In 2014, I had the pleasure of interviewing Civil Rights icon Congressman John R. Lewis. I remember having a busy day at work, and on my way home, my cellphone rang. On the other end of the phone was the former chancellor of Fayetteville State University, James A. Anderson. He told me that Lewis was visiting FSU and asked if I would like to interview him on my TV show, “Let’s Talk with Shanessa Fenner.” I immediately agreed and hung up the phone, thinking about the carefully constructed questions I would ask him. I wanted to have an informative interview that would serve as a rich history lesson for everyone to learn and reflect upon. I knew that I wanted to discuss the tragic events surrounding the demonstration known as “Bloody Sunday,” as well as the plight of the Black male, the Civil Rights movement and the reason why the Black race has always been disliked.

The day of the interview, I was a bit nervous. I arrived at the TV studio to prepare and got my emotions together. He walked into the studio and introduced himself. We began to talk a little before the interview. I immediately took notice that he was a very humble man with a forgiving spirit. His mere presence was captivating, and during the 30-minute interview, I was in awe the entire time. I looked in his eyes as he talked and hung on to every word. When he talked, he took you back to the time and the place of the event, and it made you feel like you were there experiencing it with him.

When the interview was over, I felt like I had been sitting in a history class because he shared many things that had happened to him, including the many times he was beaten nearly to death. He spent his entire life fighting for equality.

I feel this is the perfect time for the interview to circulate, during this time of tragic events in our country. One disheartening thing is that our younger generation does not know who John Lewis is, so we have to do a better job of educating them about this great man and his powerful journey — even though they have the ability to conduct research on their own. They need to know about these historical events because history has a way of repeating itself, and it sets the tone for the path to move forward. My favorite quote from him is, “There comes a time when you have to say something. You have to make a little noise. You have to move your feet. This is the time.”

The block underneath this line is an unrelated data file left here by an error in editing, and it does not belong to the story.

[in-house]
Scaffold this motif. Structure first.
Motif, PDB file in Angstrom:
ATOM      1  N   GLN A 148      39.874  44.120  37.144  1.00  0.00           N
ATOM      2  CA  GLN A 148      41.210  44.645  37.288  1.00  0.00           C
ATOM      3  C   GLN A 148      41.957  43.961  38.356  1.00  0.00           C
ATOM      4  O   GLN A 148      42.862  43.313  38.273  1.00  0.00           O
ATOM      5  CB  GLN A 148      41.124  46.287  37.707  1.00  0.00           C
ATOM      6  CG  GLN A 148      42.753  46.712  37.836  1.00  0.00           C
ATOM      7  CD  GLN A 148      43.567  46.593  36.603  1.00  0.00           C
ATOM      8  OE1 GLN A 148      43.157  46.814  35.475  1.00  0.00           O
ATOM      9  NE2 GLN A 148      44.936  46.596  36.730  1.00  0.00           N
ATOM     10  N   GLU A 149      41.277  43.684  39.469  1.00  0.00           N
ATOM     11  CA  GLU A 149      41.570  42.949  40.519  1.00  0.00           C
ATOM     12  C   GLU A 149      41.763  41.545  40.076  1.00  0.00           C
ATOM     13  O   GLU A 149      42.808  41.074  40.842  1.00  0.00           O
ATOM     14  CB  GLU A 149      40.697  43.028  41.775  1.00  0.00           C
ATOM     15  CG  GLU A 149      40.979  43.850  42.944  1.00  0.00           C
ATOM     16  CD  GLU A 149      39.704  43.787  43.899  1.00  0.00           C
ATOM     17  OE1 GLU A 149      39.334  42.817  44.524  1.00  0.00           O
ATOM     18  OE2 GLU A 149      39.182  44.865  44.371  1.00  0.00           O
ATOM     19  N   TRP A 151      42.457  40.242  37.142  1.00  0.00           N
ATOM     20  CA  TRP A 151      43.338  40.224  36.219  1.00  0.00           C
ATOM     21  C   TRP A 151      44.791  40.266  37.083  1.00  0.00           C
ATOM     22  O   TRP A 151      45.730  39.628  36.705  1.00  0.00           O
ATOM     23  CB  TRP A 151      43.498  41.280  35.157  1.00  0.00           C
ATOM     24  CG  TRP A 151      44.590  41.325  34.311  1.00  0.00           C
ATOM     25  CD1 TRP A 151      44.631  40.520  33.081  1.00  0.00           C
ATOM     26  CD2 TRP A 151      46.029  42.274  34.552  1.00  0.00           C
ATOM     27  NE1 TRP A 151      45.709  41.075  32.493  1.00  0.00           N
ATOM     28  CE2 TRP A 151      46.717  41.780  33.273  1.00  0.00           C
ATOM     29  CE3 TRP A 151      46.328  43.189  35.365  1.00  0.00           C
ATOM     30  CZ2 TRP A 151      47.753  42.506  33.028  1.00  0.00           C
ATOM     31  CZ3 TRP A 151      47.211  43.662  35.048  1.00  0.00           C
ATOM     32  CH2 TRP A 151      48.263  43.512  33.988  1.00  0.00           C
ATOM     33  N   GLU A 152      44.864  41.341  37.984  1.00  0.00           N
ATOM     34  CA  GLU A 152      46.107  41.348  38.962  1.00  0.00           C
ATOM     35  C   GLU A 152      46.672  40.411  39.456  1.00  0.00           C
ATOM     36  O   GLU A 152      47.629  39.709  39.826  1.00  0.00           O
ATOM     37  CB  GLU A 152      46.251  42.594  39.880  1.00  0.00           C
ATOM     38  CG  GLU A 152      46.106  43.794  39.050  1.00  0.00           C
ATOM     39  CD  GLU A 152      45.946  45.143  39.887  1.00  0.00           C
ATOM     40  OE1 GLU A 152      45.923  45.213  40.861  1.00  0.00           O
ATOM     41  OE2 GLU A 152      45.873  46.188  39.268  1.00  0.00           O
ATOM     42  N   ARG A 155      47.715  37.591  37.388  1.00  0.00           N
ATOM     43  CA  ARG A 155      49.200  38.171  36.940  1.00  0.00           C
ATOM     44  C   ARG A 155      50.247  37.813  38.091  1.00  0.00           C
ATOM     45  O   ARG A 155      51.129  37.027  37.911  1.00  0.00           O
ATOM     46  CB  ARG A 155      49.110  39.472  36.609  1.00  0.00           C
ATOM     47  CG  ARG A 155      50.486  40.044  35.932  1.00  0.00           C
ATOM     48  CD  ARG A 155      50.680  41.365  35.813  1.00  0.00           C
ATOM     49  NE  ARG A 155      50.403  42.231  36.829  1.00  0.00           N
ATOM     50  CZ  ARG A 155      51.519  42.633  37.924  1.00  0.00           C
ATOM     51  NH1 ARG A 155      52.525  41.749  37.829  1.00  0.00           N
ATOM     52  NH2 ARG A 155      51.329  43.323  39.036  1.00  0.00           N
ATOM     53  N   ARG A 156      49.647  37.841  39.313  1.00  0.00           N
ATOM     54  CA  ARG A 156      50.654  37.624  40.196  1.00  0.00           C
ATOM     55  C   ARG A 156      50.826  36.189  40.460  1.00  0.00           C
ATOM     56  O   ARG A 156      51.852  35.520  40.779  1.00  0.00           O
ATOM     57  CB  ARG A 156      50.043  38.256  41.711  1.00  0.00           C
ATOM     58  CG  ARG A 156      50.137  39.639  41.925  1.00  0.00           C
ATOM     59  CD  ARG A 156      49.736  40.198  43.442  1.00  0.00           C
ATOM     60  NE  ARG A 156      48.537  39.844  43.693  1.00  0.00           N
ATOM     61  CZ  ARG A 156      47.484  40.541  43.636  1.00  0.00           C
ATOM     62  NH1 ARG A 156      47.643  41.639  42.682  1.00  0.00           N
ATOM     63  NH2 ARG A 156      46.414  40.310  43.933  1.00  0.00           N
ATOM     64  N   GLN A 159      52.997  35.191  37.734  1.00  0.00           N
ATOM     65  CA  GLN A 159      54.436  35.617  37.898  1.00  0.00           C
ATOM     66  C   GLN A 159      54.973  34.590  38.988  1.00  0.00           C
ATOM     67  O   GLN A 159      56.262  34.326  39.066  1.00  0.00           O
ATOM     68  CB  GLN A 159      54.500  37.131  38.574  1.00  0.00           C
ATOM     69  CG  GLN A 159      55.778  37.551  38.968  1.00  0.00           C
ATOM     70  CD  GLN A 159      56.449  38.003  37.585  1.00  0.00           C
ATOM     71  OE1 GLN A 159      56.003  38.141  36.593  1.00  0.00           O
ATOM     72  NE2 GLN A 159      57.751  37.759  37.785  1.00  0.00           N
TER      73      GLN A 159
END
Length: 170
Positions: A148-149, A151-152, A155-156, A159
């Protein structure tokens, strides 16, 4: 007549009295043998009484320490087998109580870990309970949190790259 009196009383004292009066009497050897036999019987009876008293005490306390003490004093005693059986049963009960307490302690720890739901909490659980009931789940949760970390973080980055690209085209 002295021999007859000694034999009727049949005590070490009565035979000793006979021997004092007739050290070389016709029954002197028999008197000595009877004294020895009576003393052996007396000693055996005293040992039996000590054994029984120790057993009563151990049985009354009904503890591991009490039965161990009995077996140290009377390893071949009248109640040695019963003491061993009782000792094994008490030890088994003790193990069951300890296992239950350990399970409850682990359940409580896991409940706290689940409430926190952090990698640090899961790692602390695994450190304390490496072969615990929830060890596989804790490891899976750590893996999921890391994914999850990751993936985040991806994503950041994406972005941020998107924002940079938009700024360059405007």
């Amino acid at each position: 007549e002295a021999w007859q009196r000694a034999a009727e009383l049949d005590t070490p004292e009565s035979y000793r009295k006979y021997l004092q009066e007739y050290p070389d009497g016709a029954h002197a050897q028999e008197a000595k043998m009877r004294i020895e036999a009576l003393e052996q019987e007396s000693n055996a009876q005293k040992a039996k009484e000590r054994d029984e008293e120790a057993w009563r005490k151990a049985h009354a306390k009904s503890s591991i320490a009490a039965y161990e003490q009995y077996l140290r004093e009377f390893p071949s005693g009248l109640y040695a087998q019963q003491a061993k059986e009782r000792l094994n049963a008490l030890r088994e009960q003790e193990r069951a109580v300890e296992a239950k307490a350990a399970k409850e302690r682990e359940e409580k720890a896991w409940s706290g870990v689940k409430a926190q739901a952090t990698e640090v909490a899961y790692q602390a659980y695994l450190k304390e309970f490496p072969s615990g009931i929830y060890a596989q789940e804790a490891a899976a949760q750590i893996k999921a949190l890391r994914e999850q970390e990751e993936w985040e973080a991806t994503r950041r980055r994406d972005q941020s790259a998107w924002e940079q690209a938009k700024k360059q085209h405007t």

I have had people tell me that after they watched the interview, they cried. They shared their experiences of racism and the utter disdain of being mistreated because of the color of their skin.

Some shared that the interview made them ask themselves if are they doing all that they can to make a difference in the lives of others.
I am elated that I was given the honor of a lifetime to interview a Civil Rights icon on my TV show.


My thoughts and prayers are with the Lewis Family. You are blessed to have had a strong icon in your family. He is a rich part of history. We will continue to ensure his legacy lives on. May he rest in peace.